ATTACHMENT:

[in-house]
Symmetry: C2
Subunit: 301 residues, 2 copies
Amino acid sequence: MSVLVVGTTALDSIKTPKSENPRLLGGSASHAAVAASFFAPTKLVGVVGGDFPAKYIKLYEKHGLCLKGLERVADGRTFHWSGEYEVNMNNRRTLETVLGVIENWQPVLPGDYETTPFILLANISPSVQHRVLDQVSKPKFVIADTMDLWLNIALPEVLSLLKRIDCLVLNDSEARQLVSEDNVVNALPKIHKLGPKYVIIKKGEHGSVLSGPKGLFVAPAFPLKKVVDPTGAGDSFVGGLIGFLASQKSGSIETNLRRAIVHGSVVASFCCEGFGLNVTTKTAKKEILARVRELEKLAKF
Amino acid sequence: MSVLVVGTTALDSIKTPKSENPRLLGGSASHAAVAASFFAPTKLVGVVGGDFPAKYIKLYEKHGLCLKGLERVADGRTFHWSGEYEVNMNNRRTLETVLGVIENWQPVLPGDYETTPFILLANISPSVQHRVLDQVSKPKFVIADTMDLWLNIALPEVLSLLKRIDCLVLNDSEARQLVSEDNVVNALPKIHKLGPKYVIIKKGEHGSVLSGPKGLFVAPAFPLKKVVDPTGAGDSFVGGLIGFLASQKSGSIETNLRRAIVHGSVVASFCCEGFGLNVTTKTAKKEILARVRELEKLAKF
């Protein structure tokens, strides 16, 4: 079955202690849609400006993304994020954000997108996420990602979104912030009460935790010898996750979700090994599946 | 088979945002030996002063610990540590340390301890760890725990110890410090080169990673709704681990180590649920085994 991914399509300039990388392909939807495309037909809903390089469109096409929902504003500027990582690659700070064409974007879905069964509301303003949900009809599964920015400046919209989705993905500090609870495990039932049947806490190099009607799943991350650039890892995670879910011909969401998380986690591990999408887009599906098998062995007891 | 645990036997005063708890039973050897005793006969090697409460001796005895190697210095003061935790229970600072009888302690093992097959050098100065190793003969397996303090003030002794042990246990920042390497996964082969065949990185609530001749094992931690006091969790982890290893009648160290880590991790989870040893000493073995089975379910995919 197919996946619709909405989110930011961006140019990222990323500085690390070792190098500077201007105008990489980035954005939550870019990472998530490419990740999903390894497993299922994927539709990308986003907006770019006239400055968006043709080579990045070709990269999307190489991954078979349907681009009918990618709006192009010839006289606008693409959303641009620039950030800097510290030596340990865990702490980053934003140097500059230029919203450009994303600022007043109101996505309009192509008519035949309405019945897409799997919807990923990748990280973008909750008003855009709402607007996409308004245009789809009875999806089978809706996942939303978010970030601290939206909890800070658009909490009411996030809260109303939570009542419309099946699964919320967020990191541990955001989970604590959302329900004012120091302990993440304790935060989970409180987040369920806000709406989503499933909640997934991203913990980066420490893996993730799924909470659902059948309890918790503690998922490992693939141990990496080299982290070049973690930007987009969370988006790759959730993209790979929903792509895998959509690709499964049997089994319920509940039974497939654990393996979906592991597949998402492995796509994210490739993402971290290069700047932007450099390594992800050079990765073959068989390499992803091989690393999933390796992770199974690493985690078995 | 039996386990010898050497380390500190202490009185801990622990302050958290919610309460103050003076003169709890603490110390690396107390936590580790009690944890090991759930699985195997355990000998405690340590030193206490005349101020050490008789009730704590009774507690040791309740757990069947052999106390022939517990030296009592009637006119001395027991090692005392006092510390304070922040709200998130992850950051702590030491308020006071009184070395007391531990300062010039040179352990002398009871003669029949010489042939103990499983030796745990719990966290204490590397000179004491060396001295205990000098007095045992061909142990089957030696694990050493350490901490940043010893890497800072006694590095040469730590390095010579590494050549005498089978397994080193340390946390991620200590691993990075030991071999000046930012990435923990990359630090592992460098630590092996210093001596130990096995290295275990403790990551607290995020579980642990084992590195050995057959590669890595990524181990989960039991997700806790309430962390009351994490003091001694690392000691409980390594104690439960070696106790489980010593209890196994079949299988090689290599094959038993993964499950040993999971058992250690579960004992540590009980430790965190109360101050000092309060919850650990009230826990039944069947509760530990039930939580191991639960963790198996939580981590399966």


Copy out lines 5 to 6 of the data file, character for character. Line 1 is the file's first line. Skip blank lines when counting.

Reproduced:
Amino acid sequence: MSVLVVGTTALDSIKTPKSENPRLLGGSASHAAVAASFFAPTKLVGVVGGDFPAKYIKLYEKHGLCLKGLERVADGRTFHWSGEYEVNMNNRRTLETVLGVIENWQPVLPGDYETTPFILLANISPSVQHRVLDQVSKPKFVIADTMDLWLNIALPEVLSLLKRIDCLVLNDSEARQLVSEDNVVNALPKIHKLGPKYVIIKKGEHGSVLSGPKGLFVAPAFPLKKVVDPTGAGDSFVGGLIGFLASQKSGSIETNLRRAIVHGSVVASFCCEGFGLNVTTKTAKKEILARVRELEKLAKF
């Protein structure tokens, strides 16, 4: 079955202690849609400006993304994020954000997108996420990602979104912030009460935790010898996750979700090994599946 | 088979945002030996002063610990540590340390301890760890725990110890410090080169990673709704681990180590649920085994 991914399509300039990388392909939807495309037909809903390089469109096409929902504003500027990582690659700070064409974007879905069964509301303003949900009809599964920015400046919209989705993905500090609870495990039932049947806490190099009607799943991350650039890892995670879910011909969401998380986690591990999408887009599906098998062995007891 | 645990036997005063708890039973050897005793006969090697409460001796005895190697210095003061935790229970600072009888302690093992097959050098100065190793003969397996303090003030002794042990246990920042390497996964082969065949990185609530001749094992931690006091969790982890290893009648160290880590991790989870040893000493073995089975379910995919 197919996946619709909405989110930011961006140019990222990323500085690390070792190098500077201007105008990489980035954005939550870019990472998530490419990740999903390894497993299922994927539709990308986003907006770019006239400055968006043709080579990045070709990269999307190489991954078979349907681009009918990618709006192009010839006289606008693409959303641009620039950030800097510290030596340990865990702490980053934003140097500059230029919203450009994303600022007043109101996505309009192509008519035949309405019945897409799997919807990923990748990280973008909750008003855009709402607007996409308004245009789809009875999806089978809706996942939303978010970030601290939206909890800070658009909490009411996030809260109303939570009542419309099946699964919320967020990191541990955001989970604590959302329900004012120091302990993440304790935060989970409180987040369920806000709406989503499933909640997934991203913990980066420490893996993730799924909470659902059948309890918790503690998922490992693939141990990496080299982290070049973690930007987009969370988006790759959730993209790979929903792509895998959509690709499964049997089994319920509940039974497939654990393996979906592991597949998402492995796509994210490739993402971290290069700047932007450099390594992800050079990765073959068989390499992803091989690393999933390796992770199974690493985690078995 | 039996386990010898050497380390500190202490009185801990622990302050958290919610309460103050003076003169709890603490110390690396107390936590580790009690944890090991759930699985195997355990000998405690340590030193206490005349101020050490008789009730704590009774507690040791309740757990069947052999106390022939517990030296009592009637006119001395027991090692005392006092510390304070922040709200998130992850950051702590030491308020006071009184070395007391531990300062010039040179352990002398009871003669029949010489042939103990499983030796745990719990966290204490590397000179004491060396001295205990000098007095045992061909142990089957030696694990050493350490901490940043010893890497800072006694590095040469730590390095010579590494050549005498089978397994080193340390946390991620200590691993990075030991071999000046930012990435923990990359630090592992460098630590092996210093001596130990096995290295275990403790990551607290995020579980642990084992590195050995057959590669890595990524181990989960039991997700806790309430962390009351994490003091001694690392000691409980390594104690439960070696106790489980010593209890196994079949299988090689290599094959038993993964499950040993999971058992250690579960004992540590009980430790965190109360101050000092309060919850650990009230826990039944069947509760530990039930939580191991639960963790198996939580981590399966």